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East County Wednesday, Apr. 1, 2020 2 months ago

Bear necessities create sense of community in Manatee County

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Teddy bears add fun for neighborhood children in River Place.
by: Pam Eubanks Senior Editor

Five-year-old Liam O’Dell might have been social distancing with his family in their River Place home since the coronavirus outbreak started, but on March 25, he ventured outside on a hunt for bears.

Not just any bears.

Teddy bears.

“I like teddy bears,” Liam said. “I felt like I was in the woods.”

It’s a community bear hunt anyone can enjoy.

River Place residents are putting teddy bears in their windows, so neighborhood children or adults can search for them as they

Six-year-old Parkr Wyszomirski helped his father, Scott Wyszomirski, put a teddy bear in the family's window March 25 and was ready to go hunting for bears himself.

walk. Some have bears in multiple windows, while others just have one. Some are even moving their bears from place to place each day.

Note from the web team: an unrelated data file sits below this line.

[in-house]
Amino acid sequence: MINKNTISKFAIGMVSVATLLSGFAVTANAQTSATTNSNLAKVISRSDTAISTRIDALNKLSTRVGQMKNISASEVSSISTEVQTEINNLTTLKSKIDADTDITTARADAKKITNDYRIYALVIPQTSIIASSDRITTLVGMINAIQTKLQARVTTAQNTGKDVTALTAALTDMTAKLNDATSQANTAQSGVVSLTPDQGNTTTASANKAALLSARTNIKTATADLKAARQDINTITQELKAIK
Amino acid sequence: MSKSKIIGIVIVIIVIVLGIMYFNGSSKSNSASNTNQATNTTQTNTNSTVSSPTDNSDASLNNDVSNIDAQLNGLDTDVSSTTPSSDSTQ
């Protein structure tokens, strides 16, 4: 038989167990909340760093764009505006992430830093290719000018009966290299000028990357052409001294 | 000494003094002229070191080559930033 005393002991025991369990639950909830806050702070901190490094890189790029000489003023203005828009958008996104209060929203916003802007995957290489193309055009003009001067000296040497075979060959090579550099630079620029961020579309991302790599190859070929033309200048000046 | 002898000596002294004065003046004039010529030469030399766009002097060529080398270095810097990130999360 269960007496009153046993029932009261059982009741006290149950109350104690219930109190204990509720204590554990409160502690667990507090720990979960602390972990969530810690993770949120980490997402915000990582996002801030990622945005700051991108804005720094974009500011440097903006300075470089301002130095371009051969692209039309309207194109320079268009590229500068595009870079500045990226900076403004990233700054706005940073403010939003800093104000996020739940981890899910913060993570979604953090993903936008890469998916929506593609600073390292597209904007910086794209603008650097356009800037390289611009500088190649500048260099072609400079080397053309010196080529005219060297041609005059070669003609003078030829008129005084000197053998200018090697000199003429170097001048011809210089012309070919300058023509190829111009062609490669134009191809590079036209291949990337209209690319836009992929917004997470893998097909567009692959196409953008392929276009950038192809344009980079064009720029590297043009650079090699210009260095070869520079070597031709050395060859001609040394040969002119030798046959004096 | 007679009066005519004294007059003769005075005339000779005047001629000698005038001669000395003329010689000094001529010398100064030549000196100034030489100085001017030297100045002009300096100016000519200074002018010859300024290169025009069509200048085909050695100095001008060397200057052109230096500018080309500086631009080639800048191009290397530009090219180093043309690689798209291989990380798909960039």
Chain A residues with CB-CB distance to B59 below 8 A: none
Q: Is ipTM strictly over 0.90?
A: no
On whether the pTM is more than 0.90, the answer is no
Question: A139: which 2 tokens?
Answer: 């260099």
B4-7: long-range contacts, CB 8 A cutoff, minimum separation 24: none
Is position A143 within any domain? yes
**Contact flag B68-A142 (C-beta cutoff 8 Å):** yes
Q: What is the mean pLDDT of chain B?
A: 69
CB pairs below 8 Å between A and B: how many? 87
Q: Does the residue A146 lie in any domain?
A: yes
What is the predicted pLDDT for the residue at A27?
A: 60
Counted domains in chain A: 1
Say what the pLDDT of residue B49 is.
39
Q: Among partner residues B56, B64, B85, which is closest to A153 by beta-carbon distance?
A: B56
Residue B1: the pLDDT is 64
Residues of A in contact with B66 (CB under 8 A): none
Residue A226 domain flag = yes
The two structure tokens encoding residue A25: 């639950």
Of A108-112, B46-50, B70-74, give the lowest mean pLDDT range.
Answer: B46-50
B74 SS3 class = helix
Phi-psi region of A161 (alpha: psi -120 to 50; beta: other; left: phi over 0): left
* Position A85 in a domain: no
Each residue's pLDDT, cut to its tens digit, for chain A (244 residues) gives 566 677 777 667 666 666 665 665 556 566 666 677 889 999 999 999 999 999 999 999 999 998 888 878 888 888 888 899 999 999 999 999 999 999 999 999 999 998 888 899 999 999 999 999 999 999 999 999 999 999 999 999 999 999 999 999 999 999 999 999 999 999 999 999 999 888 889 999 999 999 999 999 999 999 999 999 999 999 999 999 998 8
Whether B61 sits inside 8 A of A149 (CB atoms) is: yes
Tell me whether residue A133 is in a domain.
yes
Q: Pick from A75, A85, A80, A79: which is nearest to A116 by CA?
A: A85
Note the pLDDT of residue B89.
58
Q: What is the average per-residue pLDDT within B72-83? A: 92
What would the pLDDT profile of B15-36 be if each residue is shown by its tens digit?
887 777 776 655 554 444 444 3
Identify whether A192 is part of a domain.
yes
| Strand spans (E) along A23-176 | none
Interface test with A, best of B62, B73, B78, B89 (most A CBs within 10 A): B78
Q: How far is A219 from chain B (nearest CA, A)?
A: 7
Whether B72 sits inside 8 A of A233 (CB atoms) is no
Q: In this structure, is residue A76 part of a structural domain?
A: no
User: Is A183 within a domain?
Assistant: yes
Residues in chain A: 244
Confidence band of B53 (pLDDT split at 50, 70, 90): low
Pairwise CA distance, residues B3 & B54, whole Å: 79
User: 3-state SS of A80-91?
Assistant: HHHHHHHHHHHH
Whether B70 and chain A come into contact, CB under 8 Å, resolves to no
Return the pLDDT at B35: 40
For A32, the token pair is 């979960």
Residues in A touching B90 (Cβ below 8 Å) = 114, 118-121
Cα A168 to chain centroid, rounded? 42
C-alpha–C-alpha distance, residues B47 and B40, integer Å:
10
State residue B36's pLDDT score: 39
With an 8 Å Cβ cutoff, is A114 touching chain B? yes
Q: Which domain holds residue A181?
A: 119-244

“It’s something to do while we’re isolating ourselves,” said Liam’s mom, Angie O’Dell. “I’m a teacher, so I’m incorporating adding and subtracting as we go. What makes it fun is many of them are hard to see. One down the street keeps moving.”

On their first bear hunt, the O’Dells counted 11 bears. On their second hunt two days later, they counted 30.

Angie O’Dell posted the “bear hunt” idea on NextDoor on March 22 after talking with her mother, Pam Matz, in South Bend, Ind. Matz’s other four grandchildren live just two houses down, so she was hiding bears in her windows, so those grandchildren could come and “hunt” for them from outside. It seemed like a fun way to practice social distancing while also giving them something to do outside the house, besides playing with friends.

Within hours of O’Dell’s post, more than a handful of neighbors had put bears out.

“It’s a great way to entertain the kids with the appropriate social space,” Scott Wyszomirski said as he put a bear in the family’s front window. His children, 7-year-old Abby and 6-year-old Parker, had not hunted yet, but they were anxious to do it.

Neighbor Cynthia Swales’ children are too old to participate, but Swales said she loved the idea. She put her bear in the front yard and moves it each day. She has also lent a bear to a neighbor.

“I think it’s cute,” she said of participating. “It kind of reminds me of Elf on the Shelf. I know kids like to search for things.”

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